Document Detail


Topical negative pressure for pressure ulcer management.
MedLine Citation:
PMID:  11979189     Owner:  NLM     Status:  MEDLINE    
Abstract/OtherAbstract:
The use of negative pressure therapy has been reported previously in a variety of care settings, but not in spinal cord-injured (SCI) patients. These individuals are at greatly increased risk of pressure ulcer development because of many factors associated with their neurological deficit and the incidence of pressure ulcers is high among them. This small case series employed objective measures to evaluate the effectiveness of negative pressure therapy when used to prepare pressure ulcers for surgical closure. The treated wounds demonstrated increased granulation tissue development and reduced wound colonization, and the reduced frequency of dressing changes compared with other treatment options may reduce the nursing workload. These case studies highlight the benefits of negative pressure therapy to SCI patients and emphasise the need for further work to compare the technique with other treatment options and determine the optimal application parameters of negative therapy in this patient group.
Authors:
Maureen Coggrave; Hester West; Bridget Leonard
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Publication Detail:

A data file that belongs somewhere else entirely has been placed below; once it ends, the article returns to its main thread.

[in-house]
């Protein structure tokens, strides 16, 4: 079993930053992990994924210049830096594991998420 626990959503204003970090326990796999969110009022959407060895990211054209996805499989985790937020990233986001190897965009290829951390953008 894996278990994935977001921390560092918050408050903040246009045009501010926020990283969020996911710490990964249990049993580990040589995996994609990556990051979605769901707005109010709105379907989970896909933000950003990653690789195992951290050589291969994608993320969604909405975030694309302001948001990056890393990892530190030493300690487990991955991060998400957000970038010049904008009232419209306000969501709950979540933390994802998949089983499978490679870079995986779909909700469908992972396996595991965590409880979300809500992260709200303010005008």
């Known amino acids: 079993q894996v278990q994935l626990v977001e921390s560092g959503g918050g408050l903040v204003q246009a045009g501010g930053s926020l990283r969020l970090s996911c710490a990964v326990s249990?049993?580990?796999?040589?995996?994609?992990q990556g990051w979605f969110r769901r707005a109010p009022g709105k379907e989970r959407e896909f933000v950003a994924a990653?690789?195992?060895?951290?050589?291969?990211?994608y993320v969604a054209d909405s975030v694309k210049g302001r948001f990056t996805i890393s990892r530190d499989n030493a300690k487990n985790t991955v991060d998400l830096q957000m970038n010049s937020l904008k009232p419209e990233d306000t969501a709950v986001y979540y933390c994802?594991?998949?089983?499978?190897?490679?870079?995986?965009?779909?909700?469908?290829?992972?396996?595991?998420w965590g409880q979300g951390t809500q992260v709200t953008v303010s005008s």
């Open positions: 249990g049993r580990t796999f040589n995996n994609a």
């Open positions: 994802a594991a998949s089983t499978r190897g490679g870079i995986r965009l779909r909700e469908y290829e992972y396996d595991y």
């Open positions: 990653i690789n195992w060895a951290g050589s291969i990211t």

Type:  Case Reports; Journal Article    
Journal Detail:
Title:  British journal of nursing (Mark Allen Publishing)     Volume:  11     ISSN:  0966-0461     ISO Abbreviation:  Br J Nurs     Publication Date:  2002 Mar 
Date Detail:
Created Date:  2002-04-29     Completed Date:  2002-08-19     Revised Date:  2005-11-17    
Medline Journal Info:
Nlm Unique ID:  9212059     Medline TA:  Br J Nurs     Country:  England    
Other Details:
Languages:  eng     Pagination:  S29-36     Citation Subset:  N    
Affiliation:
Spinal Outpatient Department, National Spinal Injuries Centre, Stoke Mandeville Hospital, Aylesbury.
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MeSH Terms
Descriptor/Qualifier:
Adult
Aged
Bandages
Female
Humans
Male
Middle Aged
Pressure Ulcer / nursing*
Spinal Cord Injuries / nursing*
Suction* / nursing*
Treatment Outcome

From MEDLINE®/PubMed®, a database of the U.S. National Library of Medicine


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